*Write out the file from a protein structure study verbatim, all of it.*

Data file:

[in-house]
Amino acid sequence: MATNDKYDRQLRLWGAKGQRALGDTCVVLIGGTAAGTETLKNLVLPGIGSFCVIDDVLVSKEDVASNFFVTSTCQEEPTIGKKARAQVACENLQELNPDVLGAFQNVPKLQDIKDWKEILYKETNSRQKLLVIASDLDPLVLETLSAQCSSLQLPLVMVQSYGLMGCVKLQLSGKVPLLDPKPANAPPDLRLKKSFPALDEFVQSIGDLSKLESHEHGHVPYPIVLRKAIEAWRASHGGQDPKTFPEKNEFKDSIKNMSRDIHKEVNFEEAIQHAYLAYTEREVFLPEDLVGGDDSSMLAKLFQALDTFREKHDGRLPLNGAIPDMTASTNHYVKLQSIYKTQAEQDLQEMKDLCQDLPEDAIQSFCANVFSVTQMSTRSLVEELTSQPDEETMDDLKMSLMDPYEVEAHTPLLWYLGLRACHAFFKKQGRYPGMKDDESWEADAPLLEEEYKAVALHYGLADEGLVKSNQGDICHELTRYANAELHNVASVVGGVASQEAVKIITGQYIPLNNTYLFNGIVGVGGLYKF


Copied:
[in-house]
Amino acid sequence: MATNDKYDRQLRLWGAKGQRALGDTCVVLIGGTAAGTETLKNLVLPGIGSFCVIDDVLVSKEDVASNFFVTSTCQEEPTIGKKARAQVACENLQELNPDVLGAFQNVPKLQDIKDWKEILYKETNSRQKLLVIASDLDPLVLETLSAQCSSLQLPLVMVQSYGLMGCVKLQLSGKVPLLDPKPANAPPDLRLKKSFPALDEFVQSIGDLSKLESHEHGHVPYPIVLRKAIEAWRASHGGQDPKTFPEKNEFKDSIKNMSRDIHKEVNFEEAIQHAYLAYTEREVFLPEDLVGGDDSSMLAKLFQALDTFREKHDGRLPLNGAIPDMTASTNHYVKLQSIYKTQAEQDLQEMKDLCQDLPEDAIQSFCANVFSVTQMSTRSLVEELTSQPDEETMDDLKMSLMDPYEVEAHTPLLWYLGLRACHAFFKKQGRYPGMKDDESWEADAPLLEEEYKAVALHYGLADEGLVKSNQGDICHELTRYANAELHNVASVVGGVASQEAVKIITGQYIPLNNTYLFNGIVGVGGLYKF